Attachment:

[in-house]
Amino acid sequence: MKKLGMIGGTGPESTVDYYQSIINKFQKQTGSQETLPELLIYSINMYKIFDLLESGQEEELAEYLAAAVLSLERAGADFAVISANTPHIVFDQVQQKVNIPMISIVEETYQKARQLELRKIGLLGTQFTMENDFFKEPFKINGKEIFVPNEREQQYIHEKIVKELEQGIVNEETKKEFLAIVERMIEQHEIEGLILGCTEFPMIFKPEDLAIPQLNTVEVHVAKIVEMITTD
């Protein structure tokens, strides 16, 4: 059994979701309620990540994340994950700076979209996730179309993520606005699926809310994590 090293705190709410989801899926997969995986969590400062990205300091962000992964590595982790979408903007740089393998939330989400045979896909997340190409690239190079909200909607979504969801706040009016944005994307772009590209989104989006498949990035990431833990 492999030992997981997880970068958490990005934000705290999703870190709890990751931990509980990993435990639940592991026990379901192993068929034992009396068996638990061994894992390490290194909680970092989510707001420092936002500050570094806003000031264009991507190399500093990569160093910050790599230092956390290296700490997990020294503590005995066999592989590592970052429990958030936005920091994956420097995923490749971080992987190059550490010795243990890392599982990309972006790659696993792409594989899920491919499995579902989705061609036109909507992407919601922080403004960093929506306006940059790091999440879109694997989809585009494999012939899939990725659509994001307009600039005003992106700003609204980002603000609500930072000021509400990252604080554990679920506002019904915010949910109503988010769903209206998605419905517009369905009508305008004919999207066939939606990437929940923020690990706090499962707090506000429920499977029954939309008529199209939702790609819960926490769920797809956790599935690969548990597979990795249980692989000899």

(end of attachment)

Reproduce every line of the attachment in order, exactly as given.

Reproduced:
[in-house]
Amino acid sequence: MKKLGMIGGTGPESTVDYYQSIINKFQKQTGSQETLPELLIYSINMYKIFDLLESGQEEELAEYLAAAVLSLERAGADFAVISANTPHIVFDQVQQKVNIPMISIVEETYQKARQLELRKIGLLGTQFTMENDFFKEPFKINGKEIFVPNEREQQYIHEKIVKELEQGIVNEETKKEFLAIVERMIEQHEIEGLILGCTEFPMIFKPEDLAIPQLNTVEVHVAKIVEMITTD
């Protein structure tokens, strides 16, 4: 059994979701309620990540994340994950700076979209996730179309993520606005699926809310994590 090293705190709410989801899926997969995986969590400062990205300091962000992964590595982790979408903007740089393998939330989400045979896909997340190409690239190079909200909607979504969801706040009016944005994307772009590209989104989006498949990035990431833990 492999030992997981997880970068958490990005934000705290999703870190709890990751931990509980990993435990639940592991026990379901192993068929034992009396068996638990061994894992390490290194909680970092989510707001420092936002500050570094806003000031264009991507190399500093990569160093910050790599230092956390290296700490997990020294503590005995066999592989590592970052429990958030936005920091994956420097995923490749971080992987190059550490010795243990890392599982990309972006790659696993792409594989899920491919499995579902989705061609036109909507992407919601922080403004960093929506306006940059790091999440879109694997989809585009494999012939899939990725659509994001307009600039005003992106700003609204980002603000609500930072000021509400990252604080554990679920506002019904915010949910109503988010769903209206998605419905517009369905009508305008004919999207066939939606990437929940923020690990706090499962707090506000429920499977029954939309008529199209939702790609819960926490769920797809956790599935690969548990597979990795249980692989000899």